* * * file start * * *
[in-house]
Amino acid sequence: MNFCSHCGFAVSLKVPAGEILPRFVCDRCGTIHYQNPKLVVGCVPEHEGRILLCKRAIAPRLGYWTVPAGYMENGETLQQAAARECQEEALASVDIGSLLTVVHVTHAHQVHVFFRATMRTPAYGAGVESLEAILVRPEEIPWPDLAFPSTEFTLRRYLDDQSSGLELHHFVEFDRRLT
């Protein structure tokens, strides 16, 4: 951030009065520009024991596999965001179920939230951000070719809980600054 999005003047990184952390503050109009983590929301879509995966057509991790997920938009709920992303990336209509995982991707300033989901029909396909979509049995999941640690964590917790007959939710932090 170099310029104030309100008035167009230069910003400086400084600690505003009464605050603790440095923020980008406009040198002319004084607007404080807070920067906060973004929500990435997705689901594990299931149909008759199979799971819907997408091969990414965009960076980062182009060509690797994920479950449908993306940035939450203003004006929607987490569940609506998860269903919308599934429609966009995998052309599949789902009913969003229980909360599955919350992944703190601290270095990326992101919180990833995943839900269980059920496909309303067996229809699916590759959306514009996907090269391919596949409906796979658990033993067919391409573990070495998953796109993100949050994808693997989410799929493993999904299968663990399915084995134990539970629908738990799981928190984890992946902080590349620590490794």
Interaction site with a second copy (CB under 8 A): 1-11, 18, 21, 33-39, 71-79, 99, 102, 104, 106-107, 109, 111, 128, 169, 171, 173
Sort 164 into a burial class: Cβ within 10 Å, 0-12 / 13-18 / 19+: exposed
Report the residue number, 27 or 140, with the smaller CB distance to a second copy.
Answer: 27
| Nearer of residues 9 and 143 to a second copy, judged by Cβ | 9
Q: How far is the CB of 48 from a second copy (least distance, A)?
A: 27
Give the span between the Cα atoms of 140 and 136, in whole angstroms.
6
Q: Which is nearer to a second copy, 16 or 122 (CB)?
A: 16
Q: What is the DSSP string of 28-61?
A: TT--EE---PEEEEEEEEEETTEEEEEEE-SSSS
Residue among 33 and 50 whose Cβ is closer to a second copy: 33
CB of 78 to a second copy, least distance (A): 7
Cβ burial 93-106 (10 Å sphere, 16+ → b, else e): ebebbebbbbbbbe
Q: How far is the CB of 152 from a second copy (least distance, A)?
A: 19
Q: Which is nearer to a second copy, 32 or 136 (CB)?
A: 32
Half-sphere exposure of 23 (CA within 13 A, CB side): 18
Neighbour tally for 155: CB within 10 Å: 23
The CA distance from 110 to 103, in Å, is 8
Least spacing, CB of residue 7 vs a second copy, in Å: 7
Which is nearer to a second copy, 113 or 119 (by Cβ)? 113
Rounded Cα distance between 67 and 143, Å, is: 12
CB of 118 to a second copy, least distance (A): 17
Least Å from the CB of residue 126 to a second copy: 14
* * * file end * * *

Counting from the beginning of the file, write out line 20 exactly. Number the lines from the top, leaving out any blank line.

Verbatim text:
Q: How far is the CB of 152 from a second copy (least distance, A)?